A few weeks ago I had an extended mooch around the Christopher Wray building on Bartholomew Row – this you may remember was the lighting shop not far from Masshouse Circus that closed about ten years ago. Everything that once may have served as a landmark in that area (Rosa’s Café, Los Canarios restaurant, The Railway [pub]) has now gone and its current geo-markers (Millennium Point, Hotel La Tour, Eastside City Park, BCU Parkside) have all appeared in the last few years.
For all it’s modern context, it turns out the Christopher Wray building is perhaps the oldest in the city centre. Or rather part of it is, as this industrial complex has been extended for different purposes over nearly three centuries. Whilst browsing the glitzy chandeliers and uplighters back in 1998, I hadn’t realised that this was more than merely a sales outlet: all the elements for the various lights fixtures were actually being cast and pressed out the back in workshops and in the basement foundry. That metal casting tradition stretches back to the earliest days of the building, developed by the brass founder, William Bache in 1749.
For Birmingham, especially the city centre, 1749 is ancient. There’s really only St Philips that predates it, and a few C17 timbers in the Fox and Grapes. It’s worth getting excited about – especially knowing that (unlike the fox and Grapes) this building will have a life beyond the HS2 developments.
Over the years, the workshops here have been used by pearl button makers, tinners, millstone makers, cabinet makers and engravers. Additionally, most of the properties would also have had their own brewhouse and the complex was developed in the C19 by a ginger beer maker. The buildings later formed the epicentre of the Italian Quarter, offering accommodation for Italian immigrants. Rosa’s café, demolished in 2009, represented the last stand of a long established Italian connection.
There are two surviving townhouses from an initial row of 19 house on what was then called Carrow Fields: 9 and 10 still remain, albeit in a much altered form. When compared to the Georgian elegance of many C18 Hockley survivors, this is pure Digbeth: chopped up, modified for work, bashed around. It’s actually this factor, the uniquely-surviving industrialisation of a domestic townhouse plot that has led to its being listed. The actual shop floor of Christopher Wray is a modern creation, little more than a lean-to shack, but I sensed there was more to be discovered behind the crumbling brick facade of the domestic dwellings. Property developer Simon Linford agreed to show me around.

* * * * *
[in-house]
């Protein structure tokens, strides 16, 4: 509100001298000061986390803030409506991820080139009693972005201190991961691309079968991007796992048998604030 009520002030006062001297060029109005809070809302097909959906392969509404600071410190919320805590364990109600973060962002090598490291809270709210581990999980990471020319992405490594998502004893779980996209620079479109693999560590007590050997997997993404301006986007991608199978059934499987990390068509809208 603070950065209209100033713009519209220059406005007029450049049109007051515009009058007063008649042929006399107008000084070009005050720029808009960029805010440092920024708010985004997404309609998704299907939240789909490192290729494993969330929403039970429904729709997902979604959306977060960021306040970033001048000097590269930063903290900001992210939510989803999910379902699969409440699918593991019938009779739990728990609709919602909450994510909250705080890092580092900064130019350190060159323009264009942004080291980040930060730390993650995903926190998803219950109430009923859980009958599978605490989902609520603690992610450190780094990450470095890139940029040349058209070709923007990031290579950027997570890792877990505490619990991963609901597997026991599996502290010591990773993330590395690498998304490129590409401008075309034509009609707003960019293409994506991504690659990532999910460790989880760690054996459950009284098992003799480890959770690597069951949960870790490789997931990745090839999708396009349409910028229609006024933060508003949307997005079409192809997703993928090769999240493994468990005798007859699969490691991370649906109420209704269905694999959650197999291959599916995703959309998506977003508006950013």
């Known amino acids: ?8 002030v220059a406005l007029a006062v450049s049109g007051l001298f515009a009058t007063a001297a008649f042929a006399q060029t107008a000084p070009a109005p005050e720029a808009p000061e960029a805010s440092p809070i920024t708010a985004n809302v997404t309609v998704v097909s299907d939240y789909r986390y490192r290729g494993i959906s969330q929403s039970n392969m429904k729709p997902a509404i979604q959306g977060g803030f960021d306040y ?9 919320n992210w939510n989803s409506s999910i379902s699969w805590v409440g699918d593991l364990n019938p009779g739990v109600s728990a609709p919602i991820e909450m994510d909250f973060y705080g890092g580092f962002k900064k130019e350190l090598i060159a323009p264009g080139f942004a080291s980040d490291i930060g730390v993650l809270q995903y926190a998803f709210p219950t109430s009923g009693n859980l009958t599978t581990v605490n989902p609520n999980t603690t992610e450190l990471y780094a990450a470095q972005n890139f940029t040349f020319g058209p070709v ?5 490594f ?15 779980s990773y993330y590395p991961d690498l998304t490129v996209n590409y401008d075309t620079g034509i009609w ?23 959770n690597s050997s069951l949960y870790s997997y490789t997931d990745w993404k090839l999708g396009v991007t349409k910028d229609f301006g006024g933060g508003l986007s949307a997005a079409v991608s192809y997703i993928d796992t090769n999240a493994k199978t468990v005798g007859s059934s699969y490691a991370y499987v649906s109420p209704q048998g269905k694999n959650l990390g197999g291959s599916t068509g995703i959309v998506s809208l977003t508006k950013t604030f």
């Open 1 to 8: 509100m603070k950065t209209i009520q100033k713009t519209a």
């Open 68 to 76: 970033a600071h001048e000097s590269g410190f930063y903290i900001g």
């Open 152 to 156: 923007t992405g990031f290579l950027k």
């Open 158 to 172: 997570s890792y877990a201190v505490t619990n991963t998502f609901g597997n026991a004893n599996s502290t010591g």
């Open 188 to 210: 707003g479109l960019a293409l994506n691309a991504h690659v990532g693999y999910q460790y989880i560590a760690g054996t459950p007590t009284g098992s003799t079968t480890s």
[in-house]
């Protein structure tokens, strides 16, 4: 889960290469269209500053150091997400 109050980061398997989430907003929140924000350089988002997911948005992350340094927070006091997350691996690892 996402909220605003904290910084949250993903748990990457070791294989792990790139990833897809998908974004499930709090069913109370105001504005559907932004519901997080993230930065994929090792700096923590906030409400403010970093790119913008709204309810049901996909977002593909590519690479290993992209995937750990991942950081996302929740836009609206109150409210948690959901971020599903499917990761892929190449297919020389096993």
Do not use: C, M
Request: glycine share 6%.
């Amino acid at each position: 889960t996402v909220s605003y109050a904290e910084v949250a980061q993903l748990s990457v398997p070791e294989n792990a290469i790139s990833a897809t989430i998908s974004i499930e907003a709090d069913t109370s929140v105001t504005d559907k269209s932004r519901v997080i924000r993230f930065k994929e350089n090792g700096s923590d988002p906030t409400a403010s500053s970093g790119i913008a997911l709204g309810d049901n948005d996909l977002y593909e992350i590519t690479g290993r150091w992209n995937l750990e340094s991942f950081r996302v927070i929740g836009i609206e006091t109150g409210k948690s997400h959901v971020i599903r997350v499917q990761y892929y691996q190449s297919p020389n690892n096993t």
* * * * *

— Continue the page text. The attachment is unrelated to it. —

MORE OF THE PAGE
In what is now the site office (for the building is on the verge of being redeveloped by Linford’s) I discovered the number plate from Christopher Wray’s Merc, propped up on a mantel piece: L11 GHT. Later investigation reveals him to be a showman from the beginning: an established magician, stage performer and occasional Doctor Who actor. In the name of research, I watched the entirety of the Pertwee era Sea Devils to watch Wray (briefly) in action. The bric-a-brac he assembled for theatre props were later sold on at a market stall, the beginnings of his lighting empire. Sadly, Simon revealed that he had died just a few weeks earlier.
The buildings are in pretty bad shape and there are several places upstairs where it simply isn’t safe to walk. In many places, the rain has entered the building unchecked. The plot is extensive, and at every turn there is evidence of its former use. Boxes of lighting fixtures are piled up everywhere, hanging from wall mounts and flowing out of drawers. The stencilled wooden storage boxes look familiar: Simon confirms that the provisions shelving that I’ve seen in Lewis’s deli in Moseley originated as recycled ammo storage sourced by Wray in the 70s, sold on via eBay. In the domestic areas, patterned wallpaper show the changing fashions of the years. The labyrinthine basement areas extend some way under the street itself. Check out the recent Birmingham Post Hidden Spaces supplement for a more comprehensive description of the interior…and indeed better photos.
What’s fascinating here is that it’s possible to go back to regency Birmingham in the city centre – but no-one knows it’s here. It’s invisible. Even the ultra-rigorous Pevsner Architectural Guide to Birmingham misses it. While pub landlords know the value in staking ‘oldest’ claims – however dubious the claim – the city manages to miss a trick here. This is odd for an industrial city that could widely be celebrating its creative industrial and scientific past (like Manchester does). However, it’s a thrill to have found it and exciting to think what Linford will end up doing with the place, given its listed status. Rumour is that the workshops and ateliers will have a creative output once again…